independent

Saturday 19 April 2014

Cuts avoided but ash future is uncertain

Prior to the Budget, I mentioned that there was a rumour circulating of a planned cut of 7pc in the forest premium.

The good news is that this measure was not included as part of the proposals.

Moreover, the general forestry budget remains pretty much intact.

Some €116m has been allocated for the investment programme in forestry which is at the same level as this year.

The Department states that this will allow afforestation grants and premium rates to be maintained at the same level and will support approximately 7,000ha of new planting.

While being a long way short of the targets envisaged in the 1996 strategic plan for the development of the forestry sector, we have to be grateful that the status quo remains.

Consequently, the rate of afforestation grants remains in the range €1,500-5,000/ha, depending on the land category, species and species mix.

The corresponding rates of premiums lie in the range €155-515/ha.

The not-so-good news is on the Ash Dieback disease front.

Earlier this month, the Department announced a "temporary suspension" of the grant aiding of new ash plantations under the Department's afforestation schemes until more information was gathered regarding surveillance results, the risk of the disease establishing in Ireland and the effects the disease might have on our existing ash plantations.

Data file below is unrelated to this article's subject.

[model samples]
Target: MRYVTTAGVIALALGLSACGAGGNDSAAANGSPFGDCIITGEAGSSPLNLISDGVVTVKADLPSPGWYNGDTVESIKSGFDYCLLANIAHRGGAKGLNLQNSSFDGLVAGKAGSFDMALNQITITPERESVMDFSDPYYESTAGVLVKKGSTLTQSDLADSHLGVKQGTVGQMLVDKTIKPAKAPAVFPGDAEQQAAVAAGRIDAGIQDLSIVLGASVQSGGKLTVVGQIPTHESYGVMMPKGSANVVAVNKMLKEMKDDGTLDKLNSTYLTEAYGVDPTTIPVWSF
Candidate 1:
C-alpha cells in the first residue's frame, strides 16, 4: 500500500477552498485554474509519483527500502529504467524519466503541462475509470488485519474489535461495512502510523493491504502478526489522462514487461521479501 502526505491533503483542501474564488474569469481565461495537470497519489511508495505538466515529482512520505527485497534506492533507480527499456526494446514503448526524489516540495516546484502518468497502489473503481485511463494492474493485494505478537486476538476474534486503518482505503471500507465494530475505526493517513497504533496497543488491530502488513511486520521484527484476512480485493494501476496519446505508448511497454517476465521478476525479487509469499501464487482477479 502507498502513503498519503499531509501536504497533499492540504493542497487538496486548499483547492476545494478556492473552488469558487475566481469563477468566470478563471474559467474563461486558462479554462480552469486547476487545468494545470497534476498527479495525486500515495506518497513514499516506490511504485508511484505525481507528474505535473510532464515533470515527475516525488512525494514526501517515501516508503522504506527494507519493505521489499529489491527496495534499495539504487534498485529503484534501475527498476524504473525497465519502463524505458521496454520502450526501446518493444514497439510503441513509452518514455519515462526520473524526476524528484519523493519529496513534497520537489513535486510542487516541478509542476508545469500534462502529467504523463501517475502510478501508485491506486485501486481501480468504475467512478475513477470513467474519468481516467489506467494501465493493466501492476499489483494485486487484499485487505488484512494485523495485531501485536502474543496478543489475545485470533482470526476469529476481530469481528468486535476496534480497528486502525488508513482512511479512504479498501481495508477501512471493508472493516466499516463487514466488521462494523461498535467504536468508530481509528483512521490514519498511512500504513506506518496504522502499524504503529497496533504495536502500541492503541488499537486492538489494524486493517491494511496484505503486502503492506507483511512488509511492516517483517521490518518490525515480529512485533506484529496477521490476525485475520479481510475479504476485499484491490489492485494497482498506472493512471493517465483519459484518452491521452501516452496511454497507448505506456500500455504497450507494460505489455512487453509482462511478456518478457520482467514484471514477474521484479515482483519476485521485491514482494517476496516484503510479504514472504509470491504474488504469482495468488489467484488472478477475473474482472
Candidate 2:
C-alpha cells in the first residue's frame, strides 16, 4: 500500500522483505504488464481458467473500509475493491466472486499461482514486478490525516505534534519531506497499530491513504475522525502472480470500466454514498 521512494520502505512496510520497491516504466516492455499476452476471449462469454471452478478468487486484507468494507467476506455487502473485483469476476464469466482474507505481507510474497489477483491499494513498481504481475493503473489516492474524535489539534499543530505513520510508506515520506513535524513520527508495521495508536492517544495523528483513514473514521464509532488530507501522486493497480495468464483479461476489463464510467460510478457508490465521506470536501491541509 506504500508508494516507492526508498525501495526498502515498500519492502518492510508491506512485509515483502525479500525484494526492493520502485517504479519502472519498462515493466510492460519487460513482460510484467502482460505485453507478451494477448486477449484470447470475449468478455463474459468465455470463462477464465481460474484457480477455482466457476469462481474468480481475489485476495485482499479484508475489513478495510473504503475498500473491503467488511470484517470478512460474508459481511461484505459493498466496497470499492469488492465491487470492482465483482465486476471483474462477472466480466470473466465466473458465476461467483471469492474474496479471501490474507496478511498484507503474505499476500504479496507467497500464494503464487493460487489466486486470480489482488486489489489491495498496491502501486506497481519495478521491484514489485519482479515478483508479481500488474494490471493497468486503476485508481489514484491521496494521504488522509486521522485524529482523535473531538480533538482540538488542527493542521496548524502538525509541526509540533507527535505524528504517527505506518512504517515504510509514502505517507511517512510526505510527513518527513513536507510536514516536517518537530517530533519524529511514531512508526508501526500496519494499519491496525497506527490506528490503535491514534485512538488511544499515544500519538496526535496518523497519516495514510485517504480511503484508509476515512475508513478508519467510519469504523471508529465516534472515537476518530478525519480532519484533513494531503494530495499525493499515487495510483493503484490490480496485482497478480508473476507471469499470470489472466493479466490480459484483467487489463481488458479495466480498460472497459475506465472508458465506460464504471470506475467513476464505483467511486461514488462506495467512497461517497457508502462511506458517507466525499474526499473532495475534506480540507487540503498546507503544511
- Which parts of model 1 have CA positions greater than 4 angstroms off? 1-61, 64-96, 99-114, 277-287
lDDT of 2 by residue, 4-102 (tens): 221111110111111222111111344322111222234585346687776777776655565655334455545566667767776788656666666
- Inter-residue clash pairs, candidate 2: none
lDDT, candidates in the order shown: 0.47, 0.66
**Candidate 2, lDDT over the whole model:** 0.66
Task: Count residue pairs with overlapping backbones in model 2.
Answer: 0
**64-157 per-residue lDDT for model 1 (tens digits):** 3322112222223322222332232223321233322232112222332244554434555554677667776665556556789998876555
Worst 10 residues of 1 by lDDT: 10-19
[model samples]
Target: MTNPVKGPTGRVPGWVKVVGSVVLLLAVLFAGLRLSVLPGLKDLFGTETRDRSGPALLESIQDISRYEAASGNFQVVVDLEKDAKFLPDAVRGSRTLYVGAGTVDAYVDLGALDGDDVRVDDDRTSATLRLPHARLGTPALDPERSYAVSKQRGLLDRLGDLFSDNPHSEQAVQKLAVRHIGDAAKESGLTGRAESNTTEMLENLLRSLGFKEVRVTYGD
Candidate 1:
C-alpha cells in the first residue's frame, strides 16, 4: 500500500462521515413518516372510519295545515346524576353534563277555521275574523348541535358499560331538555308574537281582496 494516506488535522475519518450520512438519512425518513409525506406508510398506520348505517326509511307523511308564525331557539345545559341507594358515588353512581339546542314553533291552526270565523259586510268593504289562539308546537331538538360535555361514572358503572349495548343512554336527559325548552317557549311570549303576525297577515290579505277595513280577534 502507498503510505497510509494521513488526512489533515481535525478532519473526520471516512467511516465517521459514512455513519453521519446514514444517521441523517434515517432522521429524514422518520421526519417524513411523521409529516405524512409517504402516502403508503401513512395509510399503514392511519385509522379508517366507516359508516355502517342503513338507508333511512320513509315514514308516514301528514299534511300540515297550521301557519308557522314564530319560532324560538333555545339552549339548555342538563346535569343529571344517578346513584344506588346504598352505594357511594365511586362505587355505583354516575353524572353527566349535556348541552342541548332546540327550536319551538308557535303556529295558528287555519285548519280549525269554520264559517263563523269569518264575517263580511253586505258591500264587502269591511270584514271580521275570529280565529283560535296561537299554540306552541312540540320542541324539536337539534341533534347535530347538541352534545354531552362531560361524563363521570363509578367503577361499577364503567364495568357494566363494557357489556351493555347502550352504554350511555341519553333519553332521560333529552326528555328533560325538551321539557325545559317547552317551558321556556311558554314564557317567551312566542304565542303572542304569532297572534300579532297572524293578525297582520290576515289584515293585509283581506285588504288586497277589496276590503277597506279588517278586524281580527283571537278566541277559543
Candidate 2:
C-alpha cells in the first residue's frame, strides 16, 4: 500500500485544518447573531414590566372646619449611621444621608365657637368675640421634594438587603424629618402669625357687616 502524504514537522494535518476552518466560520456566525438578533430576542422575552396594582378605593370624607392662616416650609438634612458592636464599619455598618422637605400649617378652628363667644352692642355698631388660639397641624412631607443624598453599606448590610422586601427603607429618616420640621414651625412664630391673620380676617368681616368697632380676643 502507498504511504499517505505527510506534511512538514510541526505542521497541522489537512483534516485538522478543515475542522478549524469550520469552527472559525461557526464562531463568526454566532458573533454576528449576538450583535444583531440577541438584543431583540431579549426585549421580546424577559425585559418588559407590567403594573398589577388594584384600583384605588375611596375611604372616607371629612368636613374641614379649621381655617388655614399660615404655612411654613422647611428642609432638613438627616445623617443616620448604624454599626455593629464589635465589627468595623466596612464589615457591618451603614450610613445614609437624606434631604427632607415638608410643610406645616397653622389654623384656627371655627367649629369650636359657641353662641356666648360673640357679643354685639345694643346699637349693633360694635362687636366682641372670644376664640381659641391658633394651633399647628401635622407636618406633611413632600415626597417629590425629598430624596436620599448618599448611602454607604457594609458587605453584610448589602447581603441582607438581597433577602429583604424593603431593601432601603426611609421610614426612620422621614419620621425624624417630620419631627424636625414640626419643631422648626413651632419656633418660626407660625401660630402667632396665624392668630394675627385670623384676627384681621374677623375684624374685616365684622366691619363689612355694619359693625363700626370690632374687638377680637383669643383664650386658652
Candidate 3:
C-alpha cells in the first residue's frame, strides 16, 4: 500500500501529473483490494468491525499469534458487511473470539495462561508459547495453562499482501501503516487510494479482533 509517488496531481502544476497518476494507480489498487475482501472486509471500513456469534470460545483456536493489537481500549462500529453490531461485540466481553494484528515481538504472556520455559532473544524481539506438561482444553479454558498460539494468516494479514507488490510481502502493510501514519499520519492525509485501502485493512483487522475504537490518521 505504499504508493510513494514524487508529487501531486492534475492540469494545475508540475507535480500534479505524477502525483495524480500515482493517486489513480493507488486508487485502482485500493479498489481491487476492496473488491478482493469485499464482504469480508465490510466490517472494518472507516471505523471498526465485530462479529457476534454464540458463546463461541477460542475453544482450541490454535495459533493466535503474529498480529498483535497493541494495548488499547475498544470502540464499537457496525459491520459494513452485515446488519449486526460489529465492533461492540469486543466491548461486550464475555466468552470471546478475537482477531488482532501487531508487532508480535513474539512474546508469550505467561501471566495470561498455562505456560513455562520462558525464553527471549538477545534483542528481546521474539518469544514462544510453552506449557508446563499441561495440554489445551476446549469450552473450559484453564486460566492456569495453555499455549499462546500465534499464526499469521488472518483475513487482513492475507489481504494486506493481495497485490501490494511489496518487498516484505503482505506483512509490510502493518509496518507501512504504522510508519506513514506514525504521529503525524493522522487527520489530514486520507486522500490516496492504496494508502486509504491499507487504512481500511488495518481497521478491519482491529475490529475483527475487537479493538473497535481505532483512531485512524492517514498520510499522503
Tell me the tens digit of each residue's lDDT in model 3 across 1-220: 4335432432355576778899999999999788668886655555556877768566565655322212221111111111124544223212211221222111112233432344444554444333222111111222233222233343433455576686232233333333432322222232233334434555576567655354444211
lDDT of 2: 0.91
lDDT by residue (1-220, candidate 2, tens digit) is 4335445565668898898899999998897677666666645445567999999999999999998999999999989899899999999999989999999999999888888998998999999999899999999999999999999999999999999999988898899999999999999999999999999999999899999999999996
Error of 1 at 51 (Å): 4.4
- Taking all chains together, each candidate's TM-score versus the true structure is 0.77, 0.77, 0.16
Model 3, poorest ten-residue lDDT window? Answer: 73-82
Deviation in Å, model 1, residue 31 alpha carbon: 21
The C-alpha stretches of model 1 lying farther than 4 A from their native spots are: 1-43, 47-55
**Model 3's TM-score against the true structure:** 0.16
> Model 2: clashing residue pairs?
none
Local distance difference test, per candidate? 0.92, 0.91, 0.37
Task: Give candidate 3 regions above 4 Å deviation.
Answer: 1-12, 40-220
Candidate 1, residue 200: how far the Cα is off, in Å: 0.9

In short, anyone intending to plant ash during the current planting season will have to substitute another species.

All nurseries growing ash have had to submit samples for testing and the species is effectively frozen in the nurseries pending the outcome of the tests and the further surveillance to establish whether the disease has been contained.

With planting suspended, many nurserymen fear that they may yet have to burn their stock of ash, not because of its being diseased but simply due to lack of demand.

The last time we saw this on a large scale was the burning of 20m sitka spruce transplants following that drastic cut in the forestry budget in 2003.

Let's hope we don't see that scenario again with ash in the new year.

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